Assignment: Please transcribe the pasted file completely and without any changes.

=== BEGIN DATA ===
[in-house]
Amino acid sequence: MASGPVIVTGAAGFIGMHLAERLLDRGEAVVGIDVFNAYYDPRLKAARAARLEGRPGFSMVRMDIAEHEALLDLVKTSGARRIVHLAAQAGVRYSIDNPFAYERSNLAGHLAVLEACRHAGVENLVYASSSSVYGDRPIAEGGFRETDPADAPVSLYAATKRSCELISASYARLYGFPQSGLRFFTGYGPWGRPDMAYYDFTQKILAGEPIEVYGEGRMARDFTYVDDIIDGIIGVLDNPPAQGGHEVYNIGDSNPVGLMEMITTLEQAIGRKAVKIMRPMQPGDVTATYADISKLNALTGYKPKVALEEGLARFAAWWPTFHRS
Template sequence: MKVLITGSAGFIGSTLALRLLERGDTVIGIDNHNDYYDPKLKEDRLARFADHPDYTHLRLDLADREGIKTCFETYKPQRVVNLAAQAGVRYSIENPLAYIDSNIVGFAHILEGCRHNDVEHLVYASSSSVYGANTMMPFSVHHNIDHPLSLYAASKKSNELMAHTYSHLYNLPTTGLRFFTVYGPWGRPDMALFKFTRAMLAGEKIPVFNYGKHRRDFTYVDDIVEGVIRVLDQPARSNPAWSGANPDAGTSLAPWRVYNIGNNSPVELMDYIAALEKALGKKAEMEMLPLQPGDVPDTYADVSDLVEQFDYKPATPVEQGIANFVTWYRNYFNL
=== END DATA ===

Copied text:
[in-house]
Amino acid sequence: MASGPVIVTGAAGFIGMHLAERLLDRGEAVVGIDVFNAYYDPRLKAARAARLEGRPGFSMVRMDIAEHEALLDLVKTSGARRIVHLAAQAGVRYSIDNPFAYERSNLAGHLAVLEACRHAGVENLVYASSSSVYGDRPIAEGGFRETDPADAPVSLYAATKRSCELISASYARLYGFPQSGLRFFTGYGPWGRPDMAYYDFTQKILAGEPIEVYGEGRMARDFTYVDDIIDGIIGVLDNPPAQGGHEVYNIGDSNPVGLMEMITTLEQAIGRKAVKIMRPMQPGDVTATYADISKLNALTGYKPKVALEEGLARFAAWWPTFHRS
Template sequence: MKVLITGSAGFIGSTLALRLLERGDTVIGIDNHNDYYDPKLKEDRLARFADHPDYTHLRLDLADREGIKTCFETYKPQRVVNLAAQAGVRYSIENPLAYIDSNIVGFAHILEGCRHNDVEHLVYASSSSVYGANTMMPFSVHHNIDHPLSLYAASKKSNELMAHTYSHLYNLPTTGLRFFTVYGPWGRPDMALFKFTRAMLAGEKIPVFNYGKHRRDFTYVDDIVEGVIRVLDQPARSNPAWSGANPDAGTSLAPWRVYNIGNNSPVELMDYIAALEKALGKKAEMEMLPLQPGDVPDTYADVSDLVEQFDYKPATPVEQGIANFVTWYRNYFNL